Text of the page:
The stories and lived experiences of tamariki and rangatahi, their whānau, caregivers and community are at the centre of our monitoring approach.
We also talk with iwi
TribeView the full glossary
and Māori organisations, agencies that have tamariki in their custody, and other government organisations and community providers that provide services or support in the oranga tamariki system (through both the care and protection and youth justice pathways).
We have three yearly monitoring cycle. This means we'll visit your community once every three years. View our schedule below.

Three yearly monitoring schedule - July 2023 to June 2026

Region Visits start w/c:
Upper South Island 14 August 2023
Taranaki and Manawatu 18 September 2023
Auckland 11 March 2024
Canterbury 15 April 2024
Bay of Plenty and Central Plateau 30 September 2024
Greater Wellington 17 March 2025
Te Tai Tokerau 21 April 2025
Waikato 6 October 2025
Lower South 16 March 2026
Hawkes Bay and East Coast 20 April 2026

 Download our detailed 2023 - 2026 monitoring schedule

 Three year monitoring schedule - July 2021 to June 2023

Region Visits start the week of:
Upper South Island 26 July 2021
North and West Auckland 9 August 2021
Canterbury 18 October 2021
Taranaki/Manawatu 1 November 2021
Central Auckland 28 February 2022
Te Tai Tokerau 28 February 2022
Bay of Plenty 9 May 2022
South Auckland 22 August 2022
Lower South Island 12 September 2022
Greater Wellington and Hutt Valley 10 October 2022
Waikato 27 February 2023

Hawkes Bay and East Coast


East Coast cancelled

Hawkes Bay postponed

Dannevirke and Wairarapa 13 March 2023


We want to understand how well the monitored organisations are meeting their obligations under the Oranga Tamariki Act and associated standards and regulations, including the National Care Standards Regulations and supporting positive outcomes for tamariki
Children (plural) aged 0-13 yearsView the full glossary
and their whānau
Whānau refers to people who are biologically linked or share whakapapa. For the Monitor’s monitoring purposes, whānau includes parents, whānau members living with tamariki at the point they have come into care View the full glossary

We also want to know how the oranga tamariki system enables tamariki and whānau to experience positive outcomes, and what the barriers to this are. To do this, we have created a series of prompts that guide our kōrero
Conversation or discussionView the full glossary
. The prompts are based on our Outcomes Framework and our Assessment Matrix.

Effective and meaningful monitoring requires a mix of approaches and the use of quantitative (numbers) data and qualitative (experiences) information.

We hear the stories of tamariki and rangatahi
Young person aged 14 – 21 years of ageView the full glossary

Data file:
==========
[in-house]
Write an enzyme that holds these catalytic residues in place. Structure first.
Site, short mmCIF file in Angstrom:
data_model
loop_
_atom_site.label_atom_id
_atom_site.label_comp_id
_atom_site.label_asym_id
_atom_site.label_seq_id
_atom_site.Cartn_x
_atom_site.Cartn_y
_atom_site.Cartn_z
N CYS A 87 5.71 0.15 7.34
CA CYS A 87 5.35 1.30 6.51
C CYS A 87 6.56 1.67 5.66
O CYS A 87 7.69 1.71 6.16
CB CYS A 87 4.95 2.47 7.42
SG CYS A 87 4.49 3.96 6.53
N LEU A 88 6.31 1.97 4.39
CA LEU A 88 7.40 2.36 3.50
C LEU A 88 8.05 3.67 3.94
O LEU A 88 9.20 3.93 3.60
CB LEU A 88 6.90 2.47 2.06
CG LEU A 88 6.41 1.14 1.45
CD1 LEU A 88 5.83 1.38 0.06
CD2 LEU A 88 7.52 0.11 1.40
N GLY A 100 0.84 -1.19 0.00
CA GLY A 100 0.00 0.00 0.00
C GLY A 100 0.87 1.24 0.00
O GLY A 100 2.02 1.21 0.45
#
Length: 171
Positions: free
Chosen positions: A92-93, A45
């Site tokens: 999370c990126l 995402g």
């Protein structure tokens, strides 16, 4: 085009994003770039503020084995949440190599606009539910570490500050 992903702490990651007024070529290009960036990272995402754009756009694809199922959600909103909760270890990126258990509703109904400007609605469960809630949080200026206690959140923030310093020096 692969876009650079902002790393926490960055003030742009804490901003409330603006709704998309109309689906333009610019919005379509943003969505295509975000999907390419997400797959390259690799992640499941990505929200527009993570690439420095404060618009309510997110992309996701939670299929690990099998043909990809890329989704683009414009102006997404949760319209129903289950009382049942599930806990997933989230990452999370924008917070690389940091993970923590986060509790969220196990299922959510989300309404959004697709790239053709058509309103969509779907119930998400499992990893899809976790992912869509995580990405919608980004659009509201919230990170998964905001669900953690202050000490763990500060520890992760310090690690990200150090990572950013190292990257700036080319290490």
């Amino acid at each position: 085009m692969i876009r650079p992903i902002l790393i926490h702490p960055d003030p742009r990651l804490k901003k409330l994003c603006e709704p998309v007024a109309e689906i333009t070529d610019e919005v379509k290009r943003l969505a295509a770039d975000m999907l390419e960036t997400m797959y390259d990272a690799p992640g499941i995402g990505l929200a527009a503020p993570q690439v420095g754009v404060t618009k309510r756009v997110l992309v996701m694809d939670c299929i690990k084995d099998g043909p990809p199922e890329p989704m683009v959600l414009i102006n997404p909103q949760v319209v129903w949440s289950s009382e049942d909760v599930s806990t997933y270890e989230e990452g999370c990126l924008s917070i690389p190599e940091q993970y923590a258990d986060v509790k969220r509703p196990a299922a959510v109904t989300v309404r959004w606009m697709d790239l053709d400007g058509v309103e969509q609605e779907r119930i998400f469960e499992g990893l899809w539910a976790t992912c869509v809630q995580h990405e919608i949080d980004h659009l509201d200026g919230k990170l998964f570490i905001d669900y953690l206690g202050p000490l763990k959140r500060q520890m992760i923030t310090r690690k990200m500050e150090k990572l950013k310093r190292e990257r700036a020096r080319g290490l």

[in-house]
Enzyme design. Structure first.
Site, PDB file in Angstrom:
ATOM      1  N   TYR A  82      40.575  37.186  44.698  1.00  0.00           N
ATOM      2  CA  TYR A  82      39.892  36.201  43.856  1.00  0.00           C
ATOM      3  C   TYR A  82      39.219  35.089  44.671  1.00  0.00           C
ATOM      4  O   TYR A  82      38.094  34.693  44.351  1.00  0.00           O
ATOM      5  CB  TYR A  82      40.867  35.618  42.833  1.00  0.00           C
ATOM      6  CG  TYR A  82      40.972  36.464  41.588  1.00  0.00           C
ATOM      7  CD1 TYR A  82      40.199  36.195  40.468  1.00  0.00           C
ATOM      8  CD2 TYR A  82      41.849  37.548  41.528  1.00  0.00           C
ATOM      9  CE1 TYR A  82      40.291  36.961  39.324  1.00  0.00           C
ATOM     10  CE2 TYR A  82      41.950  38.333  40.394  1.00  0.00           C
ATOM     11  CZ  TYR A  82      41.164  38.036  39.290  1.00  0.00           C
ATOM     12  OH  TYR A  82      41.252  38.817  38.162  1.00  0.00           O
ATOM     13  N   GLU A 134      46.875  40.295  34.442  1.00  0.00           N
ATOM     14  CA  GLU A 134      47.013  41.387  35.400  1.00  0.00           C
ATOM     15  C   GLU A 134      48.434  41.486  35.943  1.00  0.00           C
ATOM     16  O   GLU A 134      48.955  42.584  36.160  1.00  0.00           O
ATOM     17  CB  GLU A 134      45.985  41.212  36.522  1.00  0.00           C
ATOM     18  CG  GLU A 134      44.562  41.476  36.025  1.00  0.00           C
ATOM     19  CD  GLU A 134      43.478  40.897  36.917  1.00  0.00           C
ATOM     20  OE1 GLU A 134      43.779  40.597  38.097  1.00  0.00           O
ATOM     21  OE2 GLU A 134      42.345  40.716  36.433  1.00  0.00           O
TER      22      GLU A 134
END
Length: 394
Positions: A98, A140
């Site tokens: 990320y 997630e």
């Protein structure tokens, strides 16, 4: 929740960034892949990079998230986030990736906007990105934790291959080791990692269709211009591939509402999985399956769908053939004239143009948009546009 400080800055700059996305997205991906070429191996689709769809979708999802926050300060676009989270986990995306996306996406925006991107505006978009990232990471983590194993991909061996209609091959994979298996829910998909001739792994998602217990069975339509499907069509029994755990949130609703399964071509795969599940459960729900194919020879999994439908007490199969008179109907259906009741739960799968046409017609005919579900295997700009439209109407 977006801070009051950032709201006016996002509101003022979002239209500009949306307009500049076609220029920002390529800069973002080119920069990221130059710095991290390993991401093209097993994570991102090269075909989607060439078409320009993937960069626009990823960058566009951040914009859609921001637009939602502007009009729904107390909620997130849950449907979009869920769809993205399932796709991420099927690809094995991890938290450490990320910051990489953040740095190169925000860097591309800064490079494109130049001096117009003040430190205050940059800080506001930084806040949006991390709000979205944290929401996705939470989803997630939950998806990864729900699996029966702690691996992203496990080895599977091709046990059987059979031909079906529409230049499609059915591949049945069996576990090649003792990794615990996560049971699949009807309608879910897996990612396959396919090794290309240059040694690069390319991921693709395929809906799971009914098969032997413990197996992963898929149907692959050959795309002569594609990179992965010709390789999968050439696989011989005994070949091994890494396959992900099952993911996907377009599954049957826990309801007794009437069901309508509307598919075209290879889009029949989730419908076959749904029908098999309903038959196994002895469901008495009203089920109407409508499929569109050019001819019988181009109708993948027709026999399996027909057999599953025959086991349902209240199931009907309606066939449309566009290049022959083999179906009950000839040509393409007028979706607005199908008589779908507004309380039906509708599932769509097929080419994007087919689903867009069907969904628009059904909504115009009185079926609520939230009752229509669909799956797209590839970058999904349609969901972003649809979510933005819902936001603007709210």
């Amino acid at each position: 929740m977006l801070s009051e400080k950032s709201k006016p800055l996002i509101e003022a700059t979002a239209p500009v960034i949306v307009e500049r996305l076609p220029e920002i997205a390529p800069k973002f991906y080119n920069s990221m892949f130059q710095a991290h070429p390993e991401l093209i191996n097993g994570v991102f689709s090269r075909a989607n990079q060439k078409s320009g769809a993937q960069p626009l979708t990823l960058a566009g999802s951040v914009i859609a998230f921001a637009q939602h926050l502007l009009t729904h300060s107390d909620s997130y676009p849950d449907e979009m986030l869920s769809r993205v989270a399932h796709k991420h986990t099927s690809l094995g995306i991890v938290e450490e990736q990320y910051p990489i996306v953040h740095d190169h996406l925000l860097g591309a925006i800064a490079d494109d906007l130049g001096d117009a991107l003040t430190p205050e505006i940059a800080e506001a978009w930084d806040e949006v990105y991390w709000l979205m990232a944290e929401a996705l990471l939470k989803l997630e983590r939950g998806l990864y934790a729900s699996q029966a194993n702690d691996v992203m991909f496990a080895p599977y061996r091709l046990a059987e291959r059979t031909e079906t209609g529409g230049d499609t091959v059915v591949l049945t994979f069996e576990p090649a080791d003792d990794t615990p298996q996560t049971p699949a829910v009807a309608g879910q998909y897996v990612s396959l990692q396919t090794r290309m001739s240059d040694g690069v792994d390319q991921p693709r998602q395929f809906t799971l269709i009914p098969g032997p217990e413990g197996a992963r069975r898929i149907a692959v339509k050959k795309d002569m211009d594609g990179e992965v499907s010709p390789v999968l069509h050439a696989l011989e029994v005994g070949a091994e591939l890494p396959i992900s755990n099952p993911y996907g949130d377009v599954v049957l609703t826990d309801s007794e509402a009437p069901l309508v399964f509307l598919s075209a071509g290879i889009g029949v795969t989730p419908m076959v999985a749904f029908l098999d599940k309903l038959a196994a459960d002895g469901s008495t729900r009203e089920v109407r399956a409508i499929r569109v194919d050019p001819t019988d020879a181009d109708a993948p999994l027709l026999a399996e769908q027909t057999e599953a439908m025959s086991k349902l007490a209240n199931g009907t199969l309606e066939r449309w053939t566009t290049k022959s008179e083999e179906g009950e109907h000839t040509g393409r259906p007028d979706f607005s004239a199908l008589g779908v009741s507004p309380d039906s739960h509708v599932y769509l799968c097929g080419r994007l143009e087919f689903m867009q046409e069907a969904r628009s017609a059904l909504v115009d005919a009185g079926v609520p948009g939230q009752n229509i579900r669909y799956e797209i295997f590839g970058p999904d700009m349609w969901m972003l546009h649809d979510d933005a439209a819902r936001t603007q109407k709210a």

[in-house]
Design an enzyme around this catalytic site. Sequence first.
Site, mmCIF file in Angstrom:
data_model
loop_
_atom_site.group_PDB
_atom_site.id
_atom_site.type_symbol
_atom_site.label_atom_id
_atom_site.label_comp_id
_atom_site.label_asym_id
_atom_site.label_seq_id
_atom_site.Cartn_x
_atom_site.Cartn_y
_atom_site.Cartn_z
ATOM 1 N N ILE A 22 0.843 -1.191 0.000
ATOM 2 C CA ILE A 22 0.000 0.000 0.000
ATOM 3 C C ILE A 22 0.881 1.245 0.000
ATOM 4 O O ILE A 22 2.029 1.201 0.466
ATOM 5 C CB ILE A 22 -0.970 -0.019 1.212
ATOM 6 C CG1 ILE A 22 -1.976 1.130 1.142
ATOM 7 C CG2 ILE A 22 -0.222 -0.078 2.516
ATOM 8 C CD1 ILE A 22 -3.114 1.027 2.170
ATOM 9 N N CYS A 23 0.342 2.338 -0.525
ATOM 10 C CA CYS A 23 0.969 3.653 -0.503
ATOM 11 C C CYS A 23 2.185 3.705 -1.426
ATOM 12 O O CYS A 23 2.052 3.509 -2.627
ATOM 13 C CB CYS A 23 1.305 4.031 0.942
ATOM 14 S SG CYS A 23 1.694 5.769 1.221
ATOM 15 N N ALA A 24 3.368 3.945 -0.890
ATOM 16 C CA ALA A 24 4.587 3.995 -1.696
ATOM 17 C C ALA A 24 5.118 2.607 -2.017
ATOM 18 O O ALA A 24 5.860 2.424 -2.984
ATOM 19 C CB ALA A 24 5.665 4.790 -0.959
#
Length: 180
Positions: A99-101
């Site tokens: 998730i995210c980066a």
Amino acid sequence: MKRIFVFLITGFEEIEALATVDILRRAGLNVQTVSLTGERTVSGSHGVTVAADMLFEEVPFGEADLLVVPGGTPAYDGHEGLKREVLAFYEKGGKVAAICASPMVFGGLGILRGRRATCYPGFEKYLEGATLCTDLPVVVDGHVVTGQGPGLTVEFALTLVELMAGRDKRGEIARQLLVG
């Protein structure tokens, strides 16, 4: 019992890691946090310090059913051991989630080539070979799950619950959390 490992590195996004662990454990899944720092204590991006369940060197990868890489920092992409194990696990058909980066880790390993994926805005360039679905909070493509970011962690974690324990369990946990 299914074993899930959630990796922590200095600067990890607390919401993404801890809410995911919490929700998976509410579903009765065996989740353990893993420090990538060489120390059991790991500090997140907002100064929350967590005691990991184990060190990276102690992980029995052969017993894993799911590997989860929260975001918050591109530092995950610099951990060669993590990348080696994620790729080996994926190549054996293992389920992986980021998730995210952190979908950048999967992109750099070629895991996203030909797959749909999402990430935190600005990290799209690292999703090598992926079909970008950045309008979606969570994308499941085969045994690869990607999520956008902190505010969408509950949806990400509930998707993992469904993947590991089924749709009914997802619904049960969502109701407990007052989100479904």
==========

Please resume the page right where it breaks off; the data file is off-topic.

who are receiving, or have previously received, services or support through the oranga tamariki system, and their whānau. Where tamariki are in care, we also speak with their caregivers.  We speak to the people who make up their communities, this includes hapū
Sub-tribeView the full glossary
, iwi
TribeView the full glossary
, social service providers and non-government organisations. 

Information from kaimahi of government organisations, such as Police, health and education, also helps us develop a holistic picture of the experiences of tamariki, rangatahi and their whānau. 

Information from kaimahi of organisations that provide services under the Oranga Tamariki Act , including those with care and custody responsibilities (Oranga Tamariki, Open Home Foundation and Barnardos) help us understand what parts of the system are working well, and what aren't working so well.

Every year, we report our findings to the Minister for Children and publish our report on Experiences of Care in Aotearoa
New ZealandView the full glossary
. The Experiences of Care report includes insights from communities we have visited during the year, and nationwide data that we request from Oranga Tamariki and other agencies with custody and care of tamariki
Children (plural) aged 0-13 yearsView the full glossary
and rangatahi
Young person aged 14 – 21 years of ageView the full glossary

Every three years, we also produce a comprehensive report on the state of care in Aotearoa, which will include information from our visits across the motu (country).

These reports will all be published on our website. View our reports 

If we’ve visited your community, we’ll also provide a report summarising the insights we have gathered. We call these ‘sharing back’ reports and they are an important part of our mahi
WorkView the full glossary
. They are not published by us.

We prepare one for just for the community, and one for kaimahi of monitored agencies (our team will discuss this with you when we visit). We hope these are used to prompt action at a regional level.

We’ll also refer to the sharing back reports when we come back to your community to see what changes have been implemented since our last visit (we visit every three years).

We have created Ngā Kete
Range of documents and tools developed to help explain to stakeholders what we do, and how we want to talk with peopleView the full glossary
to help explain what we do and what to expect when we meet with people.

Information for whānau

Information for caregivers (including whānau caregivers)

Information for tamariki and rangatahi

Information for kaimahi (staff) of monitored organisations

Information for kaimahi (staff) of non-monitored and community organisations

View the full glossary
service provider webpage" rel="noopener noreferrer" href="/when-we-visit/kaimahi-of-iwi-service-providers/" target="_blank">Information for kaimahi of iwi service providers

Helping us connect with tamariki, rangatahi, whānau and caregivers - information for connectors

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